To start, what is WAR? WAR is the acronym for Wins Above Replacement which is used to describe how well a player plays above a replacement [read AAA] player who is called up, to conveniently enough, replace him. The replacement player is assumed to be an abstract constant dependent on the year such that a 2 WAR player is league average, 5 WAR is All-Star, 8 WAR is MVP, and 10+ WAR is essentially your future HOFer. With 10 games left, Trout sits at 9.5 fWAR (Fangraphs WAR) and 10.4 rWAR (bref WAR) while Cabrera sits at 6.9 fWAR and 6.4 rWAR respectively.
As some of you may know, yesterday was national talk like a Pirate day. RJ just happens to be a Pirates fan and every year he tells me how they’re going to beat the Cardinals and every September they’re irrelevant. Here are his thoughts on this turmoil.
My prediction this year was the same prediction I make every year. “The Pittsburgh Pirates will win the National League pennant.” So far I have been wrong every year but when it does finally happen, I will look like a genius. Right now I am just praying to see eight more wins.
Eight wins. That’s all my beloved Pittsburgh Pirates need to avoid a 20th consecutive losing season. Ever since Sid Bream slid across home plate in the 1992 NLCS, the Bucco faithful have not seen their team win 82 games. 1992!
In 1992 gas cost $1.05 per gallon, Bill Clinton was getting settled into the White House and people were pumped to watch new movies like Aladdin on VHS (Aladdin seen here). I personally can not remember the last time the Pirates were considered “winners.” Last year the black and gold boys of summer got off to a hot start, only to collapse after the all-star break to secure losing season number 19. This year the Pirates got themselves to 16 games over .500. They couldn’t possibly collapse again this year, right? Actually they could. The Bucs currently sit at 74-74 after the worst slide since Kelly Shoppach (the horrible slide).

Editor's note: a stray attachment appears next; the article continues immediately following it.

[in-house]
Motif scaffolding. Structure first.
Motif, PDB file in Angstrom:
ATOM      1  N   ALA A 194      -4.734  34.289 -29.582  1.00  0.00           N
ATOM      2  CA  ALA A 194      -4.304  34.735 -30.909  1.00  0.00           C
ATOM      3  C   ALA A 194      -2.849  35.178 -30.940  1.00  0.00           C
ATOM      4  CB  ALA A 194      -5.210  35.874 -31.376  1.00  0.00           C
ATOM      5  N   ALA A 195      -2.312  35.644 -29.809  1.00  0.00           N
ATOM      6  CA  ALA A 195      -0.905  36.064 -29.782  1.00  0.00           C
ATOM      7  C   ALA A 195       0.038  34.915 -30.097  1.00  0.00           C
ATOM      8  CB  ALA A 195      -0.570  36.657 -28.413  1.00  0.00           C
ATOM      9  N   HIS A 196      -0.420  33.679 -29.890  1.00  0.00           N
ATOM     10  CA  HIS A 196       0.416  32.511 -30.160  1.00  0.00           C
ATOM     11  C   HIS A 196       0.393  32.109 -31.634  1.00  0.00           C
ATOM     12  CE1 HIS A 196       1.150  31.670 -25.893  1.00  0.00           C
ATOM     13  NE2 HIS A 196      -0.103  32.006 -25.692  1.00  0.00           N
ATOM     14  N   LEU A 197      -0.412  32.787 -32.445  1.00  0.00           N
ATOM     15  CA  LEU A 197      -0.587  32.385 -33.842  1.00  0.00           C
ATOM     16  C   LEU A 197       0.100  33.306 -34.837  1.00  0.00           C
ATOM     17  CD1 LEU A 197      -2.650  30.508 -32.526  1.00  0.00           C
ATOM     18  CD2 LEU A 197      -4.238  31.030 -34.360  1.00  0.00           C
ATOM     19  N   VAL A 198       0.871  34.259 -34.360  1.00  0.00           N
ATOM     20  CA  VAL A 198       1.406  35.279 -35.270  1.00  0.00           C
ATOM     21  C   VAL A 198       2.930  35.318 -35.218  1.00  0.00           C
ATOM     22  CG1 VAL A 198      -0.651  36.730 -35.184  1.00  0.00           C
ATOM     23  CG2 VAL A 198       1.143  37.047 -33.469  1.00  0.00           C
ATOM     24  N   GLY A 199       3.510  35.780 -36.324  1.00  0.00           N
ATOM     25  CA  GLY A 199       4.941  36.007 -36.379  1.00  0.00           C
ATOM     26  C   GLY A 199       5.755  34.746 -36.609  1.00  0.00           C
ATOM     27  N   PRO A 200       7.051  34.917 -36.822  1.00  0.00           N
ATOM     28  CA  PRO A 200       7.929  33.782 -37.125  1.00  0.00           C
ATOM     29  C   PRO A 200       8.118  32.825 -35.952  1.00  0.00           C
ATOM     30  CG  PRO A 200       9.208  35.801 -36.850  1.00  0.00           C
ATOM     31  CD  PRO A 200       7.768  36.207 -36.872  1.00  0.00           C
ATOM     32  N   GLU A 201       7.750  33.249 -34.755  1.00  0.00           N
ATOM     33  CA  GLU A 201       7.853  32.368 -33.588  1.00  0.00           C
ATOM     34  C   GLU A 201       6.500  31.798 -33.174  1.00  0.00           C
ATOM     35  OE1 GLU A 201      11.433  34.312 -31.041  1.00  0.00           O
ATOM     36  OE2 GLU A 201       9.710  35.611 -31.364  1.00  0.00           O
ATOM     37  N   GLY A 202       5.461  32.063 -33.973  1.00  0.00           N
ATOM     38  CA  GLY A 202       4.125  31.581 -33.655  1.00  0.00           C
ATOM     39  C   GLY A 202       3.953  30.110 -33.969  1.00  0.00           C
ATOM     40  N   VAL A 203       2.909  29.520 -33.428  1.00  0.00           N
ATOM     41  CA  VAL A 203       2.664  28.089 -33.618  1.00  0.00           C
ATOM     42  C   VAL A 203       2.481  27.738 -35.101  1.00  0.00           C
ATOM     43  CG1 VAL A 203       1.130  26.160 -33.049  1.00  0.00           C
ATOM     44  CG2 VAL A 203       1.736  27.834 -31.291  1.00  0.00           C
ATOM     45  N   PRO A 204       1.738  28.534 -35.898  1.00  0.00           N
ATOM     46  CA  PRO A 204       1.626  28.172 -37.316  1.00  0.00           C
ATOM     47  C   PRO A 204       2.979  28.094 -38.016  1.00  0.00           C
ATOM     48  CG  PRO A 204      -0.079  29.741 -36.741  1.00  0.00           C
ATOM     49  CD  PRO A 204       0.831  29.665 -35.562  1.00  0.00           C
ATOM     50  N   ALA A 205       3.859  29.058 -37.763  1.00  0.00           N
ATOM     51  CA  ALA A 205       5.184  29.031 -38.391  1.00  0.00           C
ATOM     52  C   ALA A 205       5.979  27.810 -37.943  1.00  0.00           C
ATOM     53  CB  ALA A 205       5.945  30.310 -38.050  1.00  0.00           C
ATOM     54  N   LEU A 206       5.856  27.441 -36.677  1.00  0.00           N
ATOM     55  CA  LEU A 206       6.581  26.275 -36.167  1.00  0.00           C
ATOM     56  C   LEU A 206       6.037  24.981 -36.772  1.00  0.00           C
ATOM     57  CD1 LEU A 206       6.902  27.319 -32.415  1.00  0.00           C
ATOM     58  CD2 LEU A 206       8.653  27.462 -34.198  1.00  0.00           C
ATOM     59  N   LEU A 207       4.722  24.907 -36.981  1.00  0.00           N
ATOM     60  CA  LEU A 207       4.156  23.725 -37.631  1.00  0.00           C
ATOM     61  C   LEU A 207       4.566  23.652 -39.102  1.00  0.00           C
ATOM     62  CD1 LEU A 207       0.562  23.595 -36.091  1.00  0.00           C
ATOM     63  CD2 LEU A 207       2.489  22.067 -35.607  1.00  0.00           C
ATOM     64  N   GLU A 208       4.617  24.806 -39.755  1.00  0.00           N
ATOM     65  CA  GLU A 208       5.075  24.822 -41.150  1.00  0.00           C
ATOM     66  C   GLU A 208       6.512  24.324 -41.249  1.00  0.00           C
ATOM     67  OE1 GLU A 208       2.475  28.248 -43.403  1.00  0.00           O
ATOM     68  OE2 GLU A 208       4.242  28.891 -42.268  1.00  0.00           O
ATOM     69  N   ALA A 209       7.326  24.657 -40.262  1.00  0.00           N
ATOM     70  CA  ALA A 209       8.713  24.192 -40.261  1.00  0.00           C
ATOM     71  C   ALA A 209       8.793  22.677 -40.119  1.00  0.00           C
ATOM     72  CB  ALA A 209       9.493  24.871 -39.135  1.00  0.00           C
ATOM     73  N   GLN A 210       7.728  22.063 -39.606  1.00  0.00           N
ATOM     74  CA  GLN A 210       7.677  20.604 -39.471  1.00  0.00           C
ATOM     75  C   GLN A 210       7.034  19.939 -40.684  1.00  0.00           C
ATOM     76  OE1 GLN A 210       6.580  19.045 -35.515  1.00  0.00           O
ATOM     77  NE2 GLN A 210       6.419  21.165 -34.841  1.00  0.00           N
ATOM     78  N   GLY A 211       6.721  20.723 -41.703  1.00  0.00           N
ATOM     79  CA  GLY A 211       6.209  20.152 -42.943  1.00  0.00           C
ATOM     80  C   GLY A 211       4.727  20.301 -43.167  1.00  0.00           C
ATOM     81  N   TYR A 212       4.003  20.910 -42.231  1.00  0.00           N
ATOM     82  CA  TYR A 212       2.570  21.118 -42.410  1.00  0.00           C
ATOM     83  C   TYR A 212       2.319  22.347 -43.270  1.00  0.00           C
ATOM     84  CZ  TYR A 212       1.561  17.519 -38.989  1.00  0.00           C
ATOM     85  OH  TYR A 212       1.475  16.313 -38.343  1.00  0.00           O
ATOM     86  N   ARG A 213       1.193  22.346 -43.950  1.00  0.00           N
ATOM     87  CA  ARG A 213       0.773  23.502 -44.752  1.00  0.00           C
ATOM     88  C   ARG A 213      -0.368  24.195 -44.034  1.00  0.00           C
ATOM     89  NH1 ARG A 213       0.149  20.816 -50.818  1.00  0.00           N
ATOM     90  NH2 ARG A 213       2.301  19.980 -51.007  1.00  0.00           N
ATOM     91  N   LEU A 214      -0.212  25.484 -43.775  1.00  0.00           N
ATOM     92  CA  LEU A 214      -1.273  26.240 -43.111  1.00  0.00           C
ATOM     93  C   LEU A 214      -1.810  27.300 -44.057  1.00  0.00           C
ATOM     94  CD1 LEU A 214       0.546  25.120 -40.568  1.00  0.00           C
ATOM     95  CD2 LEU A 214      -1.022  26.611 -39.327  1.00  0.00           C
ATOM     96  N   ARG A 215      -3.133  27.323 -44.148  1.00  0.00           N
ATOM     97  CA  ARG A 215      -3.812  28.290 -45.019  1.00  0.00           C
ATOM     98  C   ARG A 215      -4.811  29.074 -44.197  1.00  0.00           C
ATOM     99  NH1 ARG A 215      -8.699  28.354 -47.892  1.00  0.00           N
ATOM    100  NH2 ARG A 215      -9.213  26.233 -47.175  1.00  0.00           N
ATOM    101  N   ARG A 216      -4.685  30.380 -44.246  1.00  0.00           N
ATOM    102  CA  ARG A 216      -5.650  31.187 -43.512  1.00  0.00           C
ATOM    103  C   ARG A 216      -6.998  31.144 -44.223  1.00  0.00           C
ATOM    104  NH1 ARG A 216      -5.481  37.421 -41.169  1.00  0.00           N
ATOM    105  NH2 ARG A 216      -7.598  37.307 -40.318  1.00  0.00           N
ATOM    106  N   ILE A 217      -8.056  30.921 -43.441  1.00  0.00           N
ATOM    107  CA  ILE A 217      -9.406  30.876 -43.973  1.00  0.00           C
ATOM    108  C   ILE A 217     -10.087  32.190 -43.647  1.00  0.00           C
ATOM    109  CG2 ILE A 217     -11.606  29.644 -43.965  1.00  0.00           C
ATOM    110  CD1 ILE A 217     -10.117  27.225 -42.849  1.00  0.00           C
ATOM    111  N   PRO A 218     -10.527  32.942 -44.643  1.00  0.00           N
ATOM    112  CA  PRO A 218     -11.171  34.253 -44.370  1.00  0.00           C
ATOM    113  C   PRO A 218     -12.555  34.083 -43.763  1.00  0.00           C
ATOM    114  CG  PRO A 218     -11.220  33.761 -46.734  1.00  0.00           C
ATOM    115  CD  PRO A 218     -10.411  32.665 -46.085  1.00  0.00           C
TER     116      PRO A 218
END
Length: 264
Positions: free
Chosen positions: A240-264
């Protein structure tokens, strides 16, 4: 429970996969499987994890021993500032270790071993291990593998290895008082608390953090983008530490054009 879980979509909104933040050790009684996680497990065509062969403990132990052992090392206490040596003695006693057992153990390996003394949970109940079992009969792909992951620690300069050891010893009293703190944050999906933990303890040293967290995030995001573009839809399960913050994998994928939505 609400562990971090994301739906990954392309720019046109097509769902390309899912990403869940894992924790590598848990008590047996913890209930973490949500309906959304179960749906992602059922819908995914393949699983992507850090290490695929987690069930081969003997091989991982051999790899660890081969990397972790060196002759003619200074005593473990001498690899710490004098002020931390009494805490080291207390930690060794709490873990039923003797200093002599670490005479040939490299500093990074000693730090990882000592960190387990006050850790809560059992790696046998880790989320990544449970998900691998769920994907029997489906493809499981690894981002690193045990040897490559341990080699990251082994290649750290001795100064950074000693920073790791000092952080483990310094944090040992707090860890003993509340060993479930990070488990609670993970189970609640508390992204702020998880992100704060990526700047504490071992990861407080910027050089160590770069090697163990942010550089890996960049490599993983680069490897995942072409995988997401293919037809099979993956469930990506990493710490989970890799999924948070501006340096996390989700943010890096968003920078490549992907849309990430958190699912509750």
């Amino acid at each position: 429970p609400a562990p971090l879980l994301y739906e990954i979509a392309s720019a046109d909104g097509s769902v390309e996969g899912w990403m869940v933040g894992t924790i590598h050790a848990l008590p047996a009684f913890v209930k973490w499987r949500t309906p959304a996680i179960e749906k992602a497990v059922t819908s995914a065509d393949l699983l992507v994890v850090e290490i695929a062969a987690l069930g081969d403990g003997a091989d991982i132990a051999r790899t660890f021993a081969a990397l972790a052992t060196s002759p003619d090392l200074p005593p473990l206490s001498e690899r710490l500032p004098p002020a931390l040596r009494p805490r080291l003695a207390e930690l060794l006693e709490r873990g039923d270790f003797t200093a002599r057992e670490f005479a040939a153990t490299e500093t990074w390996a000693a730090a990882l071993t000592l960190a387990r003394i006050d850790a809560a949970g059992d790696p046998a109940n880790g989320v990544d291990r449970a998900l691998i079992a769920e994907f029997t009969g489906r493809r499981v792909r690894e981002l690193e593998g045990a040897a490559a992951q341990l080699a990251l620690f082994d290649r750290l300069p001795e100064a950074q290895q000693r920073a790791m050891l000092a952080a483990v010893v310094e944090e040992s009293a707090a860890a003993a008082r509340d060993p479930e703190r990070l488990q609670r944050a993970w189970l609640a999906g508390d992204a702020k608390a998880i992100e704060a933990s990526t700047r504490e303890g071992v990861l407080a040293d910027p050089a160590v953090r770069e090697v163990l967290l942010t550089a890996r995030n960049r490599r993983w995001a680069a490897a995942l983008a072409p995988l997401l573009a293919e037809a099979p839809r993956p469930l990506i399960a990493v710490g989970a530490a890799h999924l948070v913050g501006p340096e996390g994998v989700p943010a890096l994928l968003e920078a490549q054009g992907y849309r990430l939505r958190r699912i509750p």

It’s 2012, gas is pushing $4 a gallon, and the lack of new movie ideas has forced theaters to play old flicks in 3D, but the Pirates are still losing. So if you need something to cheer for other than your favorite competitive ball team, cheer for the Pirates to get just eight more wins.
Ladies and gentlemen, Chris Carpenter will make his season debut on Friday. This is just three short months after having surgery on July 3rd to relieve stress in his upper body caused by thoracic outlet syndrome.
The procedure he undertook involved removing one of his ribs so that his upper body can move more freely. The recovery time of such an injury is normally six months. Carpenter has willed himself to be durable before, most notably last season when he pitched game seven of the world series on three days rest. As with all other Cardinals post season runs, they will go as far as Carpenter can take them. Hopefully, his return sparks a similar resilience the team possessed last September and October.
We expect Carpenter will be limited to five innings despite his wishes. Over all the line should read: 5IP 6H 1ER 1BB 4K
Fun Fact: Chris Carpenter is from the same hometown as blogger Sean Twomey.
by Michael Scully
So as the baseball season winds down I’d like to take a look back at some of my predictions:
1- The New York Yankees finish at best 3rd
This was based on the Yankees being and old team and injuries occurring with the fact that both the Jays and Orioles were improving my initial view was: Rays, Red Sox, Orioles, Yankees, Jays. Unfortunately for my prediction, the Red Sox were unable to unite under Bobby V. However, the Rays are not yet eliminated from making this prediction true.
2- The Phillies finish at best 3rd
Again, old team waiting for injuries and for most of the season were in the cellar of the NLEast. My initial thinking was Braves, Nats, Marlins, Phils, Mets. With the Nationals and Braves 11+ games up, I’ll consider this a win.
3- Angels do not make the playoffs
This was chalked up more as a Cardinals fan being bitter, but I felt the team was missing something. Looking at the team now, they’re missing a spark. A David Eckstein if you will, to rally around. The Dodgers seem to have the same problem, but they have Josh Beckett, so by season end they might prefer some brews on the links.